IPI Confirms It Cannot Pay Its Debts

IPI cannot service its ever-growing debts meaning receivership looks likely

Imperial Pacific International (IPI) confirmed what everyone already knew, it cannot pay its debts. IPI doesn’t have the money available to satisfy a judgment made against it, the company’s lawyer, Michael Dotts, revealed.

IPI owes several million dollars to various agencies and companies. It owes the U.S. Department of Justice (DOJ) almost US$3 million and almost US$1.2 million to its staff.

The Commonwealth of Northern Mariana Islands (CNMI) ordered IPI to halt work on its lavish Imperial Palace project until the company’s employees received their outstanding wages. The CNMI ordered IPI to pay US$788,022.54 in outstanding wages plus an additional US$1.3 million in overtime pay. Some of the outstanding balances dated back to 2016.

IPI magically raised US$3.36 million and paid the majority of its affected employees. It still owes US$1,183,000, however. An additional US$800,000 is due in an escrow account as Chief Judge Ramona Manglona recently ordered. This sum is earmarked for future employee salary expenses.

Judge Manglona threatened to put IPI into receivership if it doesn’t make good on its debt. The judge has already found IPI and its chair in contempt of court in matters related to the company’s finances.

“IPI lacks funds to make the deposit that the U.S. Department of Labor has requested,” Dotts said. The stricken company hopes to agree to a payment plan.

Xerox Enters Battle With IPI

Print and digital document giant Xerox is another company IPI owes money to. Xerox is seeking US$182,905 in damages, interest, and late fees. The two companies entered a service agreement in 2016. Xerox served a complaint and official summons on IPI in December 2020 but nobody responded to it. It wants IPI to return all equipment and pays Xerox’ legal fees and related costs.

Three IPI Executives Indicted on Federal Charges

The U.S. Department of Justice indicted three IPI executives in August 2020. All three men face arrest if they ever return to the United States.

A federal grand jury returned a 71-count superseding indictment against Liwen Wu, Jinmin Xu, and Tan Shi. They are charged with committing criminal act while holding executive positions with IPI and MCC International Saipan.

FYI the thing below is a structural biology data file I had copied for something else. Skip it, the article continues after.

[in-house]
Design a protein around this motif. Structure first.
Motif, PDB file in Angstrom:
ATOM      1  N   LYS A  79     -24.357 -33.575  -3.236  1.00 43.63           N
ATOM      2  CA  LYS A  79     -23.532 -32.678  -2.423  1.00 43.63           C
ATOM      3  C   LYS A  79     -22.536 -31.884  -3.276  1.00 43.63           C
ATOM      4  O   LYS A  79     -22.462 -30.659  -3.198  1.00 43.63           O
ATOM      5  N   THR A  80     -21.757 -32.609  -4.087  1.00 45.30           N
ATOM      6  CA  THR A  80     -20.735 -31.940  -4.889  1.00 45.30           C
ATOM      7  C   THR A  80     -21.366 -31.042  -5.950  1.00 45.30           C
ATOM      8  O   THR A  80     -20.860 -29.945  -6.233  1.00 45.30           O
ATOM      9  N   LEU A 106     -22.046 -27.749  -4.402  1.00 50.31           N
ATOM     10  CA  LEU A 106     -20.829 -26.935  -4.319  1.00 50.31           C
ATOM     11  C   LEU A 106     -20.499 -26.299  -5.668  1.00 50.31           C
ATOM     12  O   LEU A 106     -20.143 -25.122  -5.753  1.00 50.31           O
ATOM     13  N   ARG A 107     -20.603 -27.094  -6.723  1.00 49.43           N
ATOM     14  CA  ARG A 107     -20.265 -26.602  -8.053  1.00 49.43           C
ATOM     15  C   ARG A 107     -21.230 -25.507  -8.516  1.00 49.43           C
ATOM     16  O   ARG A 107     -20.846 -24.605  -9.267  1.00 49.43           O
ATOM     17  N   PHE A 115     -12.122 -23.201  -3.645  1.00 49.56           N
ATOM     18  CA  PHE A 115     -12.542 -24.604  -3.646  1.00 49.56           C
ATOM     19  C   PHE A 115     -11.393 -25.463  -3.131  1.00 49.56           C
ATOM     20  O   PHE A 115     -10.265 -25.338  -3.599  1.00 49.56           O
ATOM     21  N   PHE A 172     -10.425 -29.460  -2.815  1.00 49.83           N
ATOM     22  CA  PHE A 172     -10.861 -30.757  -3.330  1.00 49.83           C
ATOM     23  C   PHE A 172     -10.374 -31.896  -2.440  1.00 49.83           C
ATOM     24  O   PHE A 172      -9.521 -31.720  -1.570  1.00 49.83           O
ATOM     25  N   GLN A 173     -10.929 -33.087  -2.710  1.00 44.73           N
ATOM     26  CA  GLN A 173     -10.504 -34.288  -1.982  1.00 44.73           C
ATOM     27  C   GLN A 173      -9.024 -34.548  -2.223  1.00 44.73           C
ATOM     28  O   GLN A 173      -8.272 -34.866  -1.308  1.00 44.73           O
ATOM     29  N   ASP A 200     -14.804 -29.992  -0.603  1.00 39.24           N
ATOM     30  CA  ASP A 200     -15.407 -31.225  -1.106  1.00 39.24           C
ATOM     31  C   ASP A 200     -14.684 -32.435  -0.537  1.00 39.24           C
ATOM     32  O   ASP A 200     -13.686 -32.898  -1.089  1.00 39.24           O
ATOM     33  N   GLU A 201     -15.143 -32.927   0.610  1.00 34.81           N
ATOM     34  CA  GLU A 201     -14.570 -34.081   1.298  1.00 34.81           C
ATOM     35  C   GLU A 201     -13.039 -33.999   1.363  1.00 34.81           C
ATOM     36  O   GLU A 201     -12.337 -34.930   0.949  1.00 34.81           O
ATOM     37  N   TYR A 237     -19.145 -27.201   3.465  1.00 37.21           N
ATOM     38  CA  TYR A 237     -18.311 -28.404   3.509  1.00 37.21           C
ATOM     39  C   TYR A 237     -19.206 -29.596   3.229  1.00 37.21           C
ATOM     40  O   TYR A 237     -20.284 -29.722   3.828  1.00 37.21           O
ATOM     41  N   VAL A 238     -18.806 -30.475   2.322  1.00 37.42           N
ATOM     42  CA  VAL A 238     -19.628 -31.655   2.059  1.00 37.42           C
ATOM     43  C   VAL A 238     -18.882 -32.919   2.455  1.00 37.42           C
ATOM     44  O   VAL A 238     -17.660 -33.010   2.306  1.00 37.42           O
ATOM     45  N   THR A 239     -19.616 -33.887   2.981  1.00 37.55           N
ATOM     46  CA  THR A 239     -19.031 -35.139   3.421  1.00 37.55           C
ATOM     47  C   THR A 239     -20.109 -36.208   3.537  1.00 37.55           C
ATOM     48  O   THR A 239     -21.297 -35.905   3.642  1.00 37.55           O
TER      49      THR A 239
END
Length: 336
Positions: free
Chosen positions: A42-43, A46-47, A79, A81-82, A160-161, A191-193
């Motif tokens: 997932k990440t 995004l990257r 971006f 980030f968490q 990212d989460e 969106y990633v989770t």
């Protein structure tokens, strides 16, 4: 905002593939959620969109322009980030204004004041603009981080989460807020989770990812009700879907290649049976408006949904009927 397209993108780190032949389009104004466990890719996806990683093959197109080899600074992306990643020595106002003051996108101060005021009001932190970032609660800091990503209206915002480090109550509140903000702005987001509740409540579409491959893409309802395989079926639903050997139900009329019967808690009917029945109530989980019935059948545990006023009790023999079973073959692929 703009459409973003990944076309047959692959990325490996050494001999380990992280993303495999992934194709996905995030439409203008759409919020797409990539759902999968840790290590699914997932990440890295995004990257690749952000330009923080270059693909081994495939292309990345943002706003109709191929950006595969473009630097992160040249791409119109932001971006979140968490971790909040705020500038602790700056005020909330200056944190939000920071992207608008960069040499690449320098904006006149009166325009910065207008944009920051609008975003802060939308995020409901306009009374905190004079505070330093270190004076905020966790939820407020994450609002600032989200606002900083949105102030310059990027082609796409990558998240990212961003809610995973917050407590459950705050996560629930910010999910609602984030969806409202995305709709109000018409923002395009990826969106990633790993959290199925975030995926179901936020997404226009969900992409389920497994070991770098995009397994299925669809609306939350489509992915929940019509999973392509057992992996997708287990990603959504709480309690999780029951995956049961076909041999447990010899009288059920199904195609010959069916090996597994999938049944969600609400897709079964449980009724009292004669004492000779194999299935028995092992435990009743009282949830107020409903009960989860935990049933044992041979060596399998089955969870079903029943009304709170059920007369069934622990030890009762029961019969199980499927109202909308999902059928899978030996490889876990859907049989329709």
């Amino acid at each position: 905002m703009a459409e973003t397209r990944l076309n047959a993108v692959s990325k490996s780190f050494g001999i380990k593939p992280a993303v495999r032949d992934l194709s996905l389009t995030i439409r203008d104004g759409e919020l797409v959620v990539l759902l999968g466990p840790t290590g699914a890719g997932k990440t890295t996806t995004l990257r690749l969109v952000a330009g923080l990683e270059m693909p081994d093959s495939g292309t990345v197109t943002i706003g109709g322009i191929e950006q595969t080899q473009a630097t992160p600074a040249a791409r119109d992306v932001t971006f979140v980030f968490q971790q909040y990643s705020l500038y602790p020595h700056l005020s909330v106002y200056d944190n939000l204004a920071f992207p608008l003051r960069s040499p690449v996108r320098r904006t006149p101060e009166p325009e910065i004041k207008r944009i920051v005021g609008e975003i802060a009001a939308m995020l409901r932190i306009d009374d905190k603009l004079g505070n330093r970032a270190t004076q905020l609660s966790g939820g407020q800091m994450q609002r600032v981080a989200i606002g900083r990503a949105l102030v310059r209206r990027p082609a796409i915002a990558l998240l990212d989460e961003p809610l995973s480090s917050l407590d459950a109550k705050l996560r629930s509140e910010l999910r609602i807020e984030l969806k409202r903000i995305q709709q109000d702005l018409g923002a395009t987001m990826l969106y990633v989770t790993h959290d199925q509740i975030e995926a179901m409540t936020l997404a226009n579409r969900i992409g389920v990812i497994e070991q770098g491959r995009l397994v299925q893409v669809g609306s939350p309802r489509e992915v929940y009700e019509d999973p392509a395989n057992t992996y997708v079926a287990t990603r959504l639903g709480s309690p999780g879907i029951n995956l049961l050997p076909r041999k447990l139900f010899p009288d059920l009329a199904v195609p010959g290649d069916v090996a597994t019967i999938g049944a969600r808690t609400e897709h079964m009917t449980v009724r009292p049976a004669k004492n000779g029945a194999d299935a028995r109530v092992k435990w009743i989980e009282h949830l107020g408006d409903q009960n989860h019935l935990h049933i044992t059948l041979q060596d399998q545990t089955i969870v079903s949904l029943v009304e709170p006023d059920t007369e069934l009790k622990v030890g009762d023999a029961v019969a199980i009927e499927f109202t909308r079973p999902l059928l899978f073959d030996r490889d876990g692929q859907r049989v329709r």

They stand accused of utilising criminal labour practices during the construction of the Grand Mariana Hotel and Resort on the island of Saipan. The DOJ claims the trio transferred more than US$24 million into the United States to promote their illegal activities.

None of the three men is U.S. citizens so the DOJ cannot request their extradition to the United States. The DOJ will arrest Wu, Xu, and Shi should they set foot on U.S. soil again in their lifetimes.

“All three defendants are foreign nationals who currently reside outside of the United States. Upon returning to the United States, the individuals will be arrested, arraigned, and brought to trial in federal court.”

What Next For the Failing Company?

The future of the company is most definitely not one filled with optimism. Court orders prevent the construction of the Imperial Palace’s first phase. This should have completed in 2018, but that never happened. A request for an extension to 2019 was granted, then an additional one for full completion in 2022.

IPI has until February 28 to complete the first phase otherwise it breaches its casino licence. This deadline is impossible to hit thanks to orders preventing construction continuing.

The stricken company is now in the hole for several million dollars and unable to complete its casino. Vultures are circling and calling in those massive debts. It is, therefore, looking increasingly likely that IPI will be no more in the not-too-distant future.

The company does have assets thought to be worth US$26 million. Blackjack tables, roulette wheels and other casino equipment come to $20 million. Luxurious vehicles add another US$6 million to the tally.

IPI, however, is the only company in Saipan that is allowed to own such equipment. This means they would need to sell to a customer abroad if they indeed intended to sell.

Executives believe any sale would only bring in US$2 million. Also, the equipment and vehicles are needed should it ever manage to open its casino.